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Minerva Pediatrics 2021 Apr 02

DOI: 10.23736/S2724-5276.21.05867-9

Copyright © 2021 EDIZIONI MINERVA MEDICA

lingua: Inglese

Minimal invasive surfactant therapy in preterm infants with respiratory distress syndrome: a single center experience

Dimitrios RALLIS , Eftychia DROGOUTI, Paraskevi KARAGIANNI, Vasiliki SOUBASI-GRIVA, Christos TSAKALIDIS

Second Neonatal Intensive Care Unit and Neonatology Department, Aristotle University of Thessaloniki School of Medicine, Thessaloniki, Greece


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BACKGROUND: Minimal invasive surfactant therapy (MIST) includes the tracheal instillation of surfactant via a thin catheter for the treatment of preterm infants with respiratory distress syndrome (RDS). We aimed to evaluate the impact of MIST compared to intubation, surfactant, extubation (INSURE) technique on respiratory outcomes.
METHODS: A prospectively recruited cohort of preterm infants ≤32 weeks with RDS was compared against a historical cohort of infants treated with INSURE. The primary outcome was the need for mechanical ventilation within 72 hours of age and secondary outcomes the overall need and duration of mechanical ventilation, the development of bronchopulmonary dysplasia, common morbidities, and survival.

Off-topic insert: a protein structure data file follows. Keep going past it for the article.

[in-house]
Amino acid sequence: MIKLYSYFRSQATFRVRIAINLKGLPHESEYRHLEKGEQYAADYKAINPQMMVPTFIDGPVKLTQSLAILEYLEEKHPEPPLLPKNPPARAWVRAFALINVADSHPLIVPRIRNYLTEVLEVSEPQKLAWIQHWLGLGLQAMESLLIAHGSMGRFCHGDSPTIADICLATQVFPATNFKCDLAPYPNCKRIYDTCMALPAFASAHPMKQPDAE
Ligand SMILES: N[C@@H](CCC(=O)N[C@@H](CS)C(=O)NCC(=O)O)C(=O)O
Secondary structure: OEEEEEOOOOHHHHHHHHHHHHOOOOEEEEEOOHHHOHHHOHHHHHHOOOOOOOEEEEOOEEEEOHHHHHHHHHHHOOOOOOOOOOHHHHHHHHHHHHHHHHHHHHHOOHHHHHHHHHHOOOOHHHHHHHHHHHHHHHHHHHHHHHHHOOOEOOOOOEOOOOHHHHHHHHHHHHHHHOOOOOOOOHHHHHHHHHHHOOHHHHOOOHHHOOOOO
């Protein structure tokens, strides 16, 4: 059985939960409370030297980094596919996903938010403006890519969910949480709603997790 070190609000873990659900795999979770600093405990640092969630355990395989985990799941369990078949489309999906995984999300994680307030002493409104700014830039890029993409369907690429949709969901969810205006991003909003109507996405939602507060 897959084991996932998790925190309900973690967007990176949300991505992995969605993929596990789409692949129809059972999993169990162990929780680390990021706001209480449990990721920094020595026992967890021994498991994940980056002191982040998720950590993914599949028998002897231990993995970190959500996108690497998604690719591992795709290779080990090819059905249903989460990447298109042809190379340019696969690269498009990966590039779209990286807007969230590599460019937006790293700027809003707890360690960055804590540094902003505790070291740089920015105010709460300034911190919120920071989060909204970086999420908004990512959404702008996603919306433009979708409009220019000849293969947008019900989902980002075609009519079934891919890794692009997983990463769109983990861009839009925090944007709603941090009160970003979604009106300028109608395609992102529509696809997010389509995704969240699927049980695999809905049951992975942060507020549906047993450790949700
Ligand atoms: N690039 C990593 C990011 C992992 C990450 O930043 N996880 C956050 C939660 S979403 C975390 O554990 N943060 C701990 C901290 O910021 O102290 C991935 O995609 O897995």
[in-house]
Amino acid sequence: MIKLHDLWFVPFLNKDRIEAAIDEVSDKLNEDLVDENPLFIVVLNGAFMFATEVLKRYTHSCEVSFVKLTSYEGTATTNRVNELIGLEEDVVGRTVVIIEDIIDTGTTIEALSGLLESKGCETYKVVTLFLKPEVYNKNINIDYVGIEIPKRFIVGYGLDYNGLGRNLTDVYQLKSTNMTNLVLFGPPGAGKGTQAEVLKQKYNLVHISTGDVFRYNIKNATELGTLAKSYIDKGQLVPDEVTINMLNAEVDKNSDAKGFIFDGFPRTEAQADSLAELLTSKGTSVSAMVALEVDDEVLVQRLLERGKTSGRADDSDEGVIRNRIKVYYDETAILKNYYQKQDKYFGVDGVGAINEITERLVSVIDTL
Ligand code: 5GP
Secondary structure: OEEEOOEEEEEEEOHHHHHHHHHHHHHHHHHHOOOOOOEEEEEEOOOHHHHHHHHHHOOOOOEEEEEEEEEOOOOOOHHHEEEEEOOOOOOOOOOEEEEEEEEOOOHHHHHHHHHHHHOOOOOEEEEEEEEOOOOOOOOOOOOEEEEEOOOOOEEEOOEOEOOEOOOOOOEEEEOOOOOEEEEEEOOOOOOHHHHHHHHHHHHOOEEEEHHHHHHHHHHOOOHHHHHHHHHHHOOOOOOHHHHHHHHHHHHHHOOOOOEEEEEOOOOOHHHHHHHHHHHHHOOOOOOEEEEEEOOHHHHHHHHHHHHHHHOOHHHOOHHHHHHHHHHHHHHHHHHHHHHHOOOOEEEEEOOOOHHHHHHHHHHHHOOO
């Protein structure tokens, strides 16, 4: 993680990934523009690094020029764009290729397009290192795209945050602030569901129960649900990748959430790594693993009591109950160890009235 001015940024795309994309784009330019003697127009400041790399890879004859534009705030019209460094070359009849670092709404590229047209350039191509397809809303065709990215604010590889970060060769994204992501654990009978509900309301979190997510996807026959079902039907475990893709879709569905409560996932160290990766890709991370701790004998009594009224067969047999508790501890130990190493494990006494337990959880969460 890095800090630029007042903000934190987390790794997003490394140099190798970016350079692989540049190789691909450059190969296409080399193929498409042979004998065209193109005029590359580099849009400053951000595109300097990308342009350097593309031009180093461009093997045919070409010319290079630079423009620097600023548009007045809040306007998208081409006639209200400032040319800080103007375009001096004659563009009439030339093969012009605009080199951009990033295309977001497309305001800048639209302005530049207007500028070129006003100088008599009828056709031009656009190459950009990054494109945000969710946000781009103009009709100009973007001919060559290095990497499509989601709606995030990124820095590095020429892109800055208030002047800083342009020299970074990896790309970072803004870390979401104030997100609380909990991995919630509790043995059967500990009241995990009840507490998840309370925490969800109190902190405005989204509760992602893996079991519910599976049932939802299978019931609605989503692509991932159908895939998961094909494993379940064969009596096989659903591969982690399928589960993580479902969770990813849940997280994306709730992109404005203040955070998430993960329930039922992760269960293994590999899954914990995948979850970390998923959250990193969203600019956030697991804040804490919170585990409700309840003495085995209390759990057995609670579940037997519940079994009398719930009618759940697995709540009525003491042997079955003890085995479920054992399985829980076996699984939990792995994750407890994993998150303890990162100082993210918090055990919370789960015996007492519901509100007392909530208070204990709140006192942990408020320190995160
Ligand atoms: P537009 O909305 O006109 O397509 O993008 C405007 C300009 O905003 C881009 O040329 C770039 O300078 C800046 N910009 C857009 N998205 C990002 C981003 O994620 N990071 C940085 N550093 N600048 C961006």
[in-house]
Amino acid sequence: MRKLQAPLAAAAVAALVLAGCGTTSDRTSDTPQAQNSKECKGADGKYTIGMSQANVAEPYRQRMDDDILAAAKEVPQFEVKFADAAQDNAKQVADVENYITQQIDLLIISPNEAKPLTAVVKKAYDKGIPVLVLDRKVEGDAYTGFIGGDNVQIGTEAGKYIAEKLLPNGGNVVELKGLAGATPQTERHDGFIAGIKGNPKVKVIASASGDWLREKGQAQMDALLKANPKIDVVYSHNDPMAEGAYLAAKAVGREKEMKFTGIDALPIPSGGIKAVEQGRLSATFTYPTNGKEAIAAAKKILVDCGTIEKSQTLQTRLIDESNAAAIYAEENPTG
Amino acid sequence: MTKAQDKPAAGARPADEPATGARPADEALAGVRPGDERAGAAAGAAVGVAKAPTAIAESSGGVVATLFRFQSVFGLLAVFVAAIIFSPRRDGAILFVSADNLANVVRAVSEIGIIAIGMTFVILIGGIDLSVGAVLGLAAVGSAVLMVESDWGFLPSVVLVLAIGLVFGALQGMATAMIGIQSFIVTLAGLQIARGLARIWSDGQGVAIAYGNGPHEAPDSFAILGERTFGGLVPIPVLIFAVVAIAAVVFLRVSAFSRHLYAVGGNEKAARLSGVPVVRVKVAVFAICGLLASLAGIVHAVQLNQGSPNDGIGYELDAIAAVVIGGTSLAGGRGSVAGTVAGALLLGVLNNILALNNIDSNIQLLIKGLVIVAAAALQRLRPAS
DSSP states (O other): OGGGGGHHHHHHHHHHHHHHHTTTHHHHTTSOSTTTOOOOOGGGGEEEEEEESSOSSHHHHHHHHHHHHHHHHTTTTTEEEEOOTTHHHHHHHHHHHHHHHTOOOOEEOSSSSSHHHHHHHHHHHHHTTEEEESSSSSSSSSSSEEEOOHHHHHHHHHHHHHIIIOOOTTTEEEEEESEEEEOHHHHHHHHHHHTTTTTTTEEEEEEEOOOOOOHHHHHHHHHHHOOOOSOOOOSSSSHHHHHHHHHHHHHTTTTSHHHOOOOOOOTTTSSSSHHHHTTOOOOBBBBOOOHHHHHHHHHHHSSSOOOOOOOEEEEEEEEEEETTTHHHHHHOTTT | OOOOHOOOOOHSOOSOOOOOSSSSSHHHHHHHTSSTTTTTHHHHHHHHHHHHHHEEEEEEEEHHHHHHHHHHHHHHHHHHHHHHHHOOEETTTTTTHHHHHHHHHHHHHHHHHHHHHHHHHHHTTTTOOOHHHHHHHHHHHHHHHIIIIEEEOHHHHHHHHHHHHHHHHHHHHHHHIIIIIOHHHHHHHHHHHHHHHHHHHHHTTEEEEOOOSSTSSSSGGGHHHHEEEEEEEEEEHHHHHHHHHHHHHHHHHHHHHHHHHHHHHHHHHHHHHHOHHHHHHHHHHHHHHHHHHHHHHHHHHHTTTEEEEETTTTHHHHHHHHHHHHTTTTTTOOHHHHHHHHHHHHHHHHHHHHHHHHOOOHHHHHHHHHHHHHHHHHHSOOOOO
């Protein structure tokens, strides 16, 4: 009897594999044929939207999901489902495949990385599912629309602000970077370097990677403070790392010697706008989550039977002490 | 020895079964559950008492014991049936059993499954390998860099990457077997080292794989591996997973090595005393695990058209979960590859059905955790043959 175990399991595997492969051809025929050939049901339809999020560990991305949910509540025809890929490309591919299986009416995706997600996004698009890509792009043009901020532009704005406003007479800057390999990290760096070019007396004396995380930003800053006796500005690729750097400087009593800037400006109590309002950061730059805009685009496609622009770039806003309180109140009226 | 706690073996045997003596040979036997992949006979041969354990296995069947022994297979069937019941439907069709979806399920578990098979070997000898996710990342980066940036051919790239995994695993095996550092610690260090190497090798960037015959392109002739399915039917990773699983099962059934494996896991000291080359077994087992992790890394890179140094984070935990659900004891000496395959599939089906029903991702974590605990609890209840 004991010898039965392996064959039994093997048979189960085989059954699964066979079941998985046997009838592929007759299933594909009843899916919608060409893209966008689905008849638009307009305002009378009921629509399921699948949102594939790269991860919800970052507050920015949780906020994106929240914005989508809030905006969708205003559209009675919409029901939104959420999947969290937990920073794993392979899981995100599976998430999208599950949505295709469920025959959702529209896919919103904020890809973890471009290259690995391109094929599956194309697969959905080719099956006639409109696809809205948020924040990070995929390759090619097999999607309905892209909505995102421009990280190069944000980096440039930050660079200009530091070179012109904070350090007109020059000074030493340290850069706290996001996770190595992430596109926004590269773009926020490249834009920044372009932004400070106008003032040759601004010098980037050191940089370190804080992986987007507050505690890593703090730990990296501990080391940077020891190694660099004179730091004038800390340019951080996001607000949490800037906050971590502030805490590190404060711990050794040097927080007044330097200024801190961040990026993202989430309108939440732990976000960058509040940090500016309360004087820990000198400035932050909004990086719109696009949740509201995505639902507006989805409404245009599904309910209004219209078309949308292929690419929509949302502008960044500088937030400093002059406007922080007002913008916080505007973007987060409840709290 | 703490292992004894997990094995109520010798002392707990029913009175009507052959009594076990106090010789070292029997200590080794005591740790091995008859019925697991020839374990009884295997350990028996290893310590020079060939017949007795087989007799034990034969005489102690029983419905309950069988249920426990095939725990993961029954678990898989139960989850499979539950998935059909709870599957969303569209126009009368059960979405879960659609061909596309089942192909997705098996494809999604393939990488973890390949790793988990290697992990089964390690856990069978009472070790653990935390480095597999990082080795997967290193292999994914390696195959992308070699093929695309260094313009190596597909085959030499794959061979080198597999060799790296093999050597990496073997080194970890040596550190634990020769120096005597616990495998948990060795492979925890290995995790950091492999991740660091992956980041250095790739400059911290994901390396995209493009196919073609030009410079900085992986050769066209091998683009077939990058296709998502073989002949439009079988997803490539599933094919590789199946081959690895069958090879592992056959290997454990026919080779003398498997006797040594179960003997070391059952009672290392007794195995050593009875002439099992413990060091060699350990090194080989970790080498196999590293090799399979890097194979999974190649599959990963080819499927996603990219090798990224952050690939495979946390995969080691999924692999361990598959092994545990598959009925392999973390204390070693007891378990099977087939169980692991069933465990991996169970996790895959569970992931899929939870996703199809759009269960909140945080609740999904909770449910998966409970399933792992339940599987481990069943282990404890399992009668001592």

RESULTS: Thirty-six infants treated with MIST of 29.1±2.2 weeks’ gestation and 1219±238 grams’ birthweight compared against 37 infants of 28.8±2.3 weeks’ gestation and 1195±336 grams’ birthweight treated with INSURE. A lower proportion of infants treated with MIST required mechanical ventilation within 72 hours of age compared to those treated with INSURE (11% compared 32%, p=0.042). However, no significant differences were noted regarding the overall intubation incidence, bronchopulmonary dysplasia, other morbidities, or survival.
CONCLUSIONS: In spontaneously breathing infants ≤32 weeks with RDS, the MIST technique was associated with a lower need for intubation within 72 hours of age, but otherwise with no significant differences regarding BPD or other neonatal morbidities.


KEY WORDS: Intubation; Mechanical ventilation; Bronchopulmonary dysplasia

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